Joseph Fraser Vincent was born to soldier and soldier he did. The son of Stewart Tiffany Vincent (USMA 1922) and Mary Dowling, he had one older brother, Robert (USMA 1951). Their great-grandfather John W. Frazer (USMA 1849) fought for the Confederacy. Their father served for 34 years through WW II. Joe was born in the Philippines, grew up an Army brat and graduated from Texas Military Institute (TMI) in San Antonio, TX.
His military bent was apparent early on, as he starred in football and was commander of TMI's Best Company his senior year. Easily one of the most respected in the TMI Class of 1949, he was headed for West Point and a career of service.
Prior to entering West Point, Joe attended two colleges: Williams College, Williamstown, MA (1949-1950) and Hobart College (of Hobart and William Smith Colleges), Geneva, NY (1950-1951). Joe then entered West Point with the Class of 1955. As a plebe in Company A-2, his commitment, perseverance, bearing and equanimity inspired his class. In upperclass years, Joe's leadership in company sports and the Corps was ever present. He was then, as always, a steady, consummate role model and leader.
Graduation brought an Artillery commission, basic schooling at Fort Sill, OK, then assignment to the 376th FA Battalion, 82nd Airborne Division, Fort Bragg, NC. The jumps were fun, the soldiering exciting, the leadership exhilarating and the parties at the 'O' Club unifying. Joe inspired all to lead as he did: calm, direct, decisive and committed to Duty, Honor, Country.
Joe continued to grow with increasingly responsible assignments: Korea, a master's degree in math from Rensselaer Polytechnic Institute, faculty at West Point, combat in Vietnam, the Army War College and joint service senior staff assignments. Like his dad, he was there to serve, to motivate, to inspire.
In 1957 Joe met and married his soulmate, Fran. All the traits so admired by others came together as husband, father and forever friend. He and Fran had four children: Joe Jr., Jim, Mary and Bill.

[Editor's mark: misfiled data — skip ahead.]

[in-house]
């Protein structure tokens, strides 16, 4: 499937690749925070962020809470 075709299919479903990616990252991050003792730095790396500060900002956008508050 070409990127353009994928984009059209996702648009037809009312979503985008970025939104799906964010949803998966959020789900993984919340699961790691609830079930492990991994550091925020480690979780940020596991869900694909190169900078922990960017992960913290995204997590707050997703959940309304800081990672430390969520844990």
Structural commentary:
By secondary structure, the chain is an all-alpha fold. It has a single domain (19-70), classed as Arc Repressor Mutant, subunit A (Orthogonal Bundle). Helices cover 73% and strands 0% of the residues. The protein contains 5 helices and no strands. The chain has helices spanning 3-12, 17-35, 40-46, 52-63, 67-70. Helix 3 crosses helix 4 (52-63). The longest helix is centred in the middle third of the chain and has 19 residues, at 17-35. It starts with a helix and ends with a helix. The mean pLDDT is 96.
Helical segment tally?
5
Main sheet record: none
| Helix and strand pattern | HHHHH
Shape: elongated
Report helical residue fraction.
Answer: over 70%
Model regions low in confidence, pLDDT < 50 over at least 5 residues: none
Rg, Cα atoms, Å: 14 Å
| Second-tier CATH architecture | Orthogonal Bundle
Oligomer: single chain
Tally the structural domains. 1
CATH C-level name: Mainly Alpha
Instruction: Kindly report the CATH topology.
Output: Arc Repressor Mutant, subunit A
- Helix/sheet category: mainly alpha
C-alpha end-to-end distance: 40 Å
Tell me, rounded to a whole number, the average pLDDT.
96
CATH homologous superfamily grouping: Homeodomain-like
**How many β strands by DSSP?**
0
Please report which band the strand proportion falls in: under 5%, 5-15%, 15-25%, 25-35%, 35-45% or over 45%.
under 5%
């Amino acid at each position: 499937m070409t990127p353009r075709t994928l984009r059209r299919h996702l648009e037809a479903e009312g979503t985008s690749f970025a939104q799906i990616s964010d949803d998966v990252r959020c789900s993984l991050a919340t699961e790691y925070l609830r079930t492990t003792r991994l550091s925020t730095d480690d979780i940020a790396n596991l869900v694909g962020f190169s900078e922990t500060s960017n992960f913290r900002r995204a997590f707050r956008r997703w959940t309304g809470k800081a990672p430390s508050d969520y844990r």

Joe was a devoted father and a man of great integrity, honor, humility, kindness, generosity, selflessness and unwavering faith. He taught his children through word and example how to love and defend the family, love and respect others, and to stand up for what they believed. He taught them to make and pursue goals and to believe that they could succeed in anything to which they set their minds. He instilled a sincere love for God in them and a desire to live out their lives with sincerity. He also showed them how to enjoy life one day at a time. In his last years he taught them to persevere, to keep a positive attitude, to concentrate on those things they could do rather than on their limitations and to trust in God fully while facing adversity.
After 24 years of military service it was time for new challenges and new opportunities with family and in the business world. After discussions with Fran and much prayer, he put his family before career and made the decision to retire, becoming an executive with Dale Carnegie Management Courses and with Satellite Services.
Fully retired in 1990, Joe and Fran enjoyed full-time RVing, rafted the Colorado and sailed the Caribbean. At age 74 he ran a leg of the Cincinnati Flying Pig Marathon with three of his sons, then two years later completed the 12-mile March Back from Beast Barracks to West Point with the new plebes in the Class of 2010, one of whom was his oldest grandson. He completed this challenge despite being in the early stages of Amyotrophic Lateral Sclerosis (ALS) with loss of leg strength, balance and mobility, and its inexorable progression. Joe faced ALS with the dignity and courage that he faced every challenge.
Joe planned ahead, shared with his family, shared his faith and was strong to the end. His son-in-law, Bob Perry, wrote a beautiful obituary that has been published on the Class of 1955 home page.
When the end came, the family was there at his bedside. Joe, unable to speak, using finger squeezes as letters from the alphabet that were called out by a family member, communicated his final words: 'I love all. Time to move along."
Joe's second meeting with Fran was at the officers' club at Fort Bragg, NC. She looked up from the deep end of the swimming pool and saw a hand was reaching down to help her out. She looked further, and there was a pair of sexy legs. As she looked up to the face to see to whom the hand belonged, she saw the amazing eyes and finished reaching up her hand to his. After a few dates they became engaged. As wedding plans were made, Joe was transferred to Fort Sill.
During a trip to Fort Sill, while staying with friends, Fran let Joe know that she was getting cold feet. He made no arguments, just looked at her and said, 'I just want you to be happy.' Those words struck her heart and soul, and she knew immediately that the inner man was as good as, if not better than, the outer man. They were married on December 27, 1957.
After Joe's death there was a letter entitled 'For Fran Only.' One statement included was, 'THANK YOU for being my life's partner.' (Personal note from Fran: I love you, Joe. I always will, and I AM your life's partner. See you in heaven, My Darling Joe!)
Joe, we bid you goodbye, knowing it was 'Well Done."
- Family, friends and classmates
TAPS Memorial Article